By Don Simpson | December 5, 2011
Director: Gianni Di Gregorio
Writers: Gianni Di Gregorio, Valerio Attanasio
Starring: Gianni Di Gregorio, Valeria De Franciscis Bendoni, Alfonso Santagata, Elisabetta Piccolomini, Valeria Cavalli, Aylin Prandi, Kristina Cepraga, Michelangelo Ciminale, Teresa Di Gregorio, Lilia Silvi, Gabriella Sborgi
Like Mid-August Lunch, The Salt of Life is set in writer/director/star Gianni Di Gregorio’s native Trastevere, a working-class district in Rome; and once again he plays Gianni, a dutiful middle-aged son to an aged mother, Valeria (Valeria De Franciscis Bendoni). Gianni’s poker-playing and Krug-swilling mother resides in an extravagant house with a statuesque Romanian caretaker (Kristina Cepraga) whom Valeria showers with lofty wages and designer clothes. Gianni is always at his mother’s beck and call — she becks and calls quite often — even though Valeria refuses to help her 60-year old pensioner son out financially. Unfortunately for Gianni, the law regards his 96-year-old mother as compos mentis and will not give him the power of attorney to restrain her spending; instead Gianni is stuck watching his mother steadily diminish his inheritance through her wasteful and extravagant ways.
Gianni lives with his wife (Elisabetta Piccolomini) — with whom he has presumably not shared a bed in years — and his daughter (Teresa Di Gregorio) and her slacker boyfriend (Michelangelo Ciminale). With little to do, and a meager pension to do it with, the Gianni does his best to tend to the household chores. He is a kind, decent, and thoughtful man — in fact, he remind me a lot of Jacques Tati’s iconic Mr. Hulot — who has a loving penchant for cigarettes and white wine.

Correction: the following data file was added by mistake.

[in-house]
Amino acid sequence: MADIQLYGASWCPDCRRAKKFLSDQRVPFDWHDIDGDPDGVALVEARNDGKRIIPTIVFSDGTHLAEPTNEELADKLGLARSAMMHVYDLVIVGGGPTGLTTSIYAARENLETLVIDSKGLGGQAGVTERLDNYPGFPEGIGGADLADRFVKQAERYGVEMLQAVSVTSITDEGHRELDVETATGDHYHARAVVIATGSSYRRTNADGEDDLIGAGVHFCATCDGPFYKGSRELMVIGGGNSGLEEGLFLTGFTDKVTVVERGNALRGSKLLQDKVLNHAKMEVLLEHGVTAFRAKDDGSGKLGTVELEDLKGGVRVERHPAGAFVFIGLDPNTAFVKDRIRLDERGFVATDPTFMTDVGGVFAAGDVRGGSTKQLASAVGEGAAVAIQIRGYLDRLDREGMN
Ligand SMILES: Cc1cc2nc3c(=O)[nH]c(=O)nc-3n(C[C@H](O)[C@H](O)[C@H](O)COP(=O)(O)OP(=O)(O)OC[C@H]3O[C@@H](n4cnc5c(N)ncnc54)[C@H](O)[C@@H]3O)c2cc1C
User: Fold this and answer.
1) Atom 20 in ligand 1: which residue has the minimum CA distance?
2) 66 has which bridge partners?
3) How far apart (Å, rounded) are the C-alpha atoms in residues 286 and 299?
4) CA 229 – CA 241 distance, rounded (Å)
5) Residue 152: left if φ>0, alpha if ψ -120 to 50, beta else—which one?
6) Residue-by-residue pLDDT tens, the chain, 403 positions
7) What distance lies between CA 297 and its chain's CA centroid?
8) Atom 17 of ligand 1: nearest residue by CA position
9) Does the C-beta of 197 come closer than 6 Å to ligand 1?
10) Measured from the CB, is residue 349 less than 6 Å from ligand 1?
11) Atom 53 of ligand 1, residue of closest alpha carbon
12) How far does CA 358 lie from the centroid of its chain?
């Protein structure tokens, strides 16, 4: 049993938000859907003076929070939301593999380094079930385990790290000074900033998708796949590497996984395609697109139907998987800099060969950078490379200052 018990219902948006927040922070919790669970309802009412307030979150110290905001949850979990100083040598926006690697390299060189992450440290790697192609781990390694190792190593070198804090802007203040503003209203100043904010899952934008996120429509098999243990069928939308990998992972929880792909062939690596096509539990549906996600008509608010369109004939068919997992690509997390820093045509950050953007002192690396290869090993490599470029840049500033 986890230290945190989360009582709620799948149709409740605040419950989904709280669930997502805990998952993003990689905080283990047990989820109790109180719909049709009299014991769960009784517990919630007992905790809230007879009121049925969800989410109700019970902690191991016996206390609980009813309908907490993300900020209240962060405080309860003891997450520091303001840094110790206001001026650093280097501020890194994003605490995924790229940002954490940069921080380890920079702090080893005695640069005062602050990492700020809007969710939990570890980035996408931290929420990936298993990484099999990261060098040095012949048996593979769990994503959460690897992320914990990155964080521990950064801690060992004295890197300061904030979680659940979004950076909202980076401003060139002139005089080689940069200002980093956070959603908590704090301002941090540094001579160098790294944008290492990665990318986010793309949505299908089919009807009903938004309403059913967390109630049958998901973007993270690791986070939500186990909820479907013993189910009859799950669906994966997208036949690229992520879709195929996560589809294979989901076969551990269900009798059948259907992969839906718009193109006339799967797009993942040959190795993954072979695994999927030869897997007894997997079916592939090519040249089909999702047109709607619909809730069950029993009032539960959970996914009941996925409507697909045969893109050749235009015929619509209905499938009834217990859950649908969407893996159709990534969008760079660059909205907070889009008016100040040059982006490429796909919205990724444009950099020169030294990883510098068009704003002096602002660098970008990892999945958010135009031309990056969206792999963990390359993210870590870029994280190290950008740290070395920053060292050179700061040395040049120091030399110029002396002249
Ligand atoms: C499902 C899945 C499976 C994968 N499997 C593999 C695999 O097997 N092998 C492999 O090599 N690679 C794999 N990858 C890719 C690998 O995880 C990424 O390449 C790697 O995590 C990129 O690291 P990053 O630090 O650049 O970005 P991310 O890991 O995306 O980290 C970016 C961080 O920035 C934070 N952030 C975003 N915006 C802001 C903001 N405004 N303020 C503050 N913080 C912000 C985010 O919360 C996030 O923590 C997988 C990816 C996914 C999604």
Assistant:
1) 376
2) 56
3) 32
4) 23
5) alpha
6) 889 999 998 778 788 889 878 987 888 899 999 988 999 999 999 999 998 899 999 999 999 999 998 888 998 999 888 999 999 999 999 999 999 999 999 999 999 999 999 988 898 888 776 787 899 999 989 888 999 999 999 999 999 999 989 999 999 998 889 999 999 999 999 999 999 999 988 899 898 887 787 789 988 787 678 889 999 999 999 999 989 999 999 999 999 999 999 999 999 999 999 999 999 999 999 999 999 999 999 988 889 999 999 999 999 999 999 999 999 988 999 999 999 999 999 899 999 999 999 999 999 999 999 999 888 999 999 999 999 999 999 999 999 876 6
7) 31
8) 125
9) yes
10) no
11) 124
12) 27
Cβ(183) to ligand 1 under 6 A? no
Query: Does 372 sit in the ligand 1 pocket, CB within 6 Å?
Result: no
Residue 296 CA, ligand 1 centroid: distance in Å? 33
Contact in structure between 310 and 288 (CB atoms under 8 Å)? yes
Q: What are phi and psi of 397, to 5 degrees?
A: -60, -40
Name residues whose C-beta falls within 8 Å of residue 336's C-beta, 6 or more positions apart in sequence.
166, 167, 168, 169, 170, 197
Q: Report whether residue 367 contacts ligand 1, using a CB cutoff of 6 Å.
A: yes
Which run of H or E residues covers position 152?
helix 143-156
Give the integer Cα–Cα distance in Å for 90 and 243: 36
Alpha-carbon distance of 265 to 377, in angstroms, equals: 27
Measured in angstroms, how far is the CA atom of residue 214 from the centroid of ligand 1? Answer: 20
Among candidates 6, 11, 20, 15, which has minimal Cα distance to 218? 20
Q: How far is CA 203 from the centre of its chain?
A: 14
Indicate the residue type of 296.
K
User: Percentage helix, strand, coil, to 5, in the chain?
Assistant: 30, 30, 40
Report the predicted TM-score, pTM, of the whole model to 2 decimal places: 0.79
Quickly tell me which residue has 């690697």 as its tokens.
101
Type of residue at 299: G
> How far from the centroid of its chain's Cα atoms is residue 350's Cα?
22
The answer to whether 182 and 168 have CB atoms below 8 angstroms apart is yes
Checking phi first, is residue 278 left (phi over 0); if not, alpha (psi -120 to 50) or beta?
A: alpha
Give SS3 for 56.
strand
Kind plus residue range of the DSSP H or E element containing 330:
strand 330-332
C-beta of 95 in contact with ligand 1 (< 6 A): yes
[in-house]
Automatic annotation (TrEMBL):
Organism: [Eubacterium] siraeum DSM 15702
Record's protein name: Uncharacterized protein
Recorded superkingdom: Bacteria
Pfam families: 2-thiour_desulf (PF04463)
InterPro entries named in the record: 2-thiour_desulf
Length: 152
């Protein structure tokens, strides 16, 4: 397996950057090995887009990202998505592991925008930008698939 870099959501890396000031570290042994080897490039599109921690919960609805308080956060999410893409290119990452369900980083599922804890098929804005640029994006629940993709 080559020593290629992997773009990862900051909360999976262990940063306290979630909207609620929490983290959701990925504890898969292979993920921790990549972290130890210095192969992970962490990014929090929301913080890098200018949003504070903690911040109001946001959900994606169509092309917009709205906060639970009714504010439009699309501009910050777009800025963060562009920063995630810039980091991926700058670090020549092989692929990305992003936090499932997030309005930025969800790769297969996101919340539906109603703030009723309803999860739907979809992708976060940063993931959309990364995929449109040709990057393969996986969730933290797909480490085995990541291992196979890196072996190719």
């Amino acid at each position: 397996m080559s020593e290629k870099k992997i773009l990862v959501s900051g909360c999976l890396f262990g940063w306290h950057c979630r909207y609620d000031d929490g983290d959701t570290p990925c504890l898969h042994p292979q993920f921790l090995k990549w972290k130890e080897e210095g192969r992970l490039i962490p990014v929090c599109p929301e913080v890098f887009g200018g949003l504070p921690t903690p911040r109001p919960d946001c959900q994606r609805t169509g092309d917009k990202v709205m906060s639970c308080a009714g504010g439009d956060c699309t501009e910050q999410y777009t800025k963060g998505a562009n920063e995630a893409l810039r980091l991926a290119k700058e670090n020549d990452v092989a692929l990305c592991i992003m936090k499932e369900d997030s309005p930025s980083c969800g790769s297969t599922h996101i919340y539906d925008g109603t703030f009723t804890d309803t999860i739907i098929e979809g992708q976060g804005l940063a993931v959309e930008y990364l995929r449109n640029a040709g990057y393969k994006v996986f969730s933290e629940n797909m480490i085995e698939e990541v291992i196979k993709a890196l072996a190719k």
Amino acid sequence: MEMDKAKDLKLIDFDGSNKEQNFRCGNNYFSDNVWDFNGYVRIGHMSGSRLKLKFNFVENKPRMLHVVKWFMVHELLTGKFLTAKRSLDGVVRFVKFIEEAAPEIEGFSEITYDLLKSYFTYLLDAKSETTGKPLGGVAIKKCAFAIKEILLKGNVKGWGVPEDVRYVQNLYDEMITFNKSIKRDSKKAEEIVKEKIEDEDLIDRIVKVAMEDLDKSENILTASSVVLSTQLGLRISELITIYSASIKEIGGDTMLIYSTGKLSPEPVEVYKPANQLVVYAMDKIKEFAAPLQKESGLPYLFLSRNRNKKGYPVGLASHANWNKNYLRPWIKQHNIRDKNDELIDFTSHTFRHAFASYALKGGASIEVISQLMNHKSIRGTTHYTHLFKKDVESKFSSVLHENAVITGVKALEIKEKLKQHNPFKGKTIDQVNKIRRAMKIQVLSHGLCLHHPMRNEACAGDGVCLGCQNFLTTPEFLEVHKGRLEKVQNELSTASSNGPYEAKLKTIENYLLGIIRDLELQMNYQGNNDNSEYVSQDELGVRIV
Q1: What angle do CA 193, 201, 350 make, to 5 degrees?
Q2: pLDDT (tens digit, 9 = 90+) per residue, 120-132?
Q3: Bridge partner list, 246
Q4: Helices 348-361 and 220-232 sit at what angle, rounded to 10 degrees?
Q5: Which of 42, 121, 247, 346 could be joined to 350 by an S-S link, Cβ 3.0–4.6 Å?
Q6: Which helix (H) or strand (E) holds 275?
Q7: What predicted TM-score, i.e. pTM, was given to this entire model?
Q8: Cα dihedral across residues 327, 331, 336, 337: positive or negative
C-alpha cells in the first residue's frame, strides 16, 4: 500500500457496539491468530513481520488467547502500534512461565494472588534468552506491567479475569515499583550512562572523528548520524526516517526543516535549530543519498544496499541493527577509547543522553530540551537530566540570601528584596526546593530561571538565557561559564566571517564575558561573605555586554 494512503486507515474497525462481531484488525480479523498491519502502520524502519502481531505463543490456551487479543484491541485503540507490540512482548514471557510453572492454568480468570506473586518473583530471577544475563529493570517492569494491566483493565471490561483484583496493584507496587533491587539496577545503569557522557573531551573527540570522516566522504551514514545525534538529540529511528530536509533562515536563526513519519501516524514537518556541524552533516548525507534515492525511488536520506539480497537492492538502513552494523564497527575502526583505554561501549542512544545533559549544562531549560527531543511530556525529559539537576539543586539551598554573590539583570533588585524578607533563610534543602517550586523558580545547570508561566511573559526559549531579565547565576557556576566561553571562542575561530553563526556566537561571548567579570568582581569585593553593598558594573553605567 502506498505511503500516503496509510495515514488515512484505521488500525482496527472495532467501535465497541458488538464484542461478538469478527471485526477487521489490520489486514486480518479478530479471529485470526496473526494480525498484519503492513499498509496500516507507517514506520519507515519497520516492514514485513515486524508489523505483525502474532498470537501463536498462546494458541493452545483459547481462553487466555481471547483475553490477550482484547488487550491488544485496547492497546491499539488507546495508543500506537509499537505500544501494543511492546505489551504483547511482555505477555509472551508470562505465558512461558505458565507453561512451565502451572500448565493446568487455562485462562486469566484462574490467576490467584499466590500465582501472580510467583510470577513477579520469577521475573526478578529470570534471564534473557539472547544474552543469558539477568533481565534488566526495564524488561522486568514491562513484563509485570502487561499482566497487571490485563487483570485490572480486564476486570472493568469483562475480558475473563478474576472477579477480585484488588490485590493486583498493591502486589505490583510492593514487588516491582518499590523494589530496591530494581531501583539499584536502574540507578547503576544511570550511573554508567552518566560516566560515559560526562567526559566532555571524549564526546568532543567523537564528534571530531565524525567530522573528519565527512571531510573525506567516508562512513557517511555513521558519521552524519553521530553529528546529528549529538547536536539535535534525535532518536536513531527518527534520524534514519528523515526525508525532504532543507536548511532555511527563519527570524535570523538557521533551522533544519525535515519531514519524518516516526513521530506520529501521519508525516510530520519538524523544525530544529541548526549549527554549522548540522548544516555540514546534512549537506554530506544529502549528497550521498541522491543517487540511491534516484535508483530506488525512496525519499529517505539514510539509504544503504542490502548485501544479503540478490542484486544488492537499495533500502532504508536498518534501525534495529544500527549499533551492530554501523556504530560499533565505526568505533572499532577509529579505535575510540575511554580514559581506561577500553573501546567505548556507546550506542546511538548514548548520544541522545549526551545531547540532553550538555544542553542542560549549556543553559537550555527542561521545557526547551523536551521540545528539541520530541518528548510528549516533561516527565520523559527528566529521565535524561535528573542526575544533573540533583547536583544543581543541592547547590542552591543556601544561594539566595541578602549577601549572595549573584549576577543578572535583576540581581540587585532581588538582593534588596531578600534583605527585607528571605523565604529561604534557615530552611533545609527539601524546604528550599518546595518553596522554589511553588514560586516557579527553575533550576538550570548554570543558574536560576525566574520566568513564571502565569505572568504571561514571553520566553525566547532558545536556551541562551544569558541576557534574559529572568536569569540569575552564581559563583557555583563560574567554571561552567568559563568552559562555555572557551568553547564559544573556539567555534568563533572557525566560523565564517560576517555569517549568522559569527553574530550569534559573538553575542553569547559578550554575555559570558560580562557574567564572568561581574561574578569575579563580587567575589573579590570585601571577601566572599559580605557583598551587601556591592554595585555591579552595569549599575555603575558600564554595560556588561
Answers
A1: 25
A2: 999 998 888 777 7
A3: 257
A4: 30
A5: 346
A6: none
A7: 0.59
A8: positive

At the heart of the narrative is a humble tale of a 60-year old man’s feelings of sexual discontent and unrest. Gianni’s best friend Alfonso (Alfonso Santagata) firmly believes that every middle-aged man should enjoy the company of a much younger mistress and it is Alfonso who urges Gianni to pursue a series of awkward and halfhearted attempts at love affairs with a variety of younger women. Thankfully Gianni is a romantic at heart and there is not a trace of lechery within him.
Like Mid-August Lunch, The Salt of Life is a studious commentary on unemployment, social class, and aging, all the while adding a frank discussion on the sexual pursuits of middle-aged men. For whatever reason, older Italian men seem to be known — via the cinema at least — for their preference of much younger women, and Di Gregorio cleverly plays with that belief. With Di Gregorio in the leading role, The Salt of Life also functions as a commentary on predatory filmmakers — you know, the ones who cast themselves (seemingly out of wish fulfillment) in romantic roles alongside beautiful, young women.
Also like Mid-August Lunch, The Salt of Life features guerrilla-style lensing, utilizing only natural light. As I wrote in my review of Mid-August Lunch, Di Gregorio is single-handedly resurrecting the Italian cinematic tradition of Neo-Realism of De Sica, Fellini, Rossellini and Visconti. Both of Di Gregorio’s films are supreme feats of minimalist cinema.
Very few Hollywood films have dealt so honestly and forwardly with aging as Mid-August Lunch and The Salt of Life. Other than a seemingly haphazard conclusion that is accentuated by a very odd placement of The Pixies “Here Comes Your Man”, The Salt of Life is a significantly more advanced film than Mid-August Lunch, which says a lot since I strongly recommended Mid-August Lunch to a lot of people last year.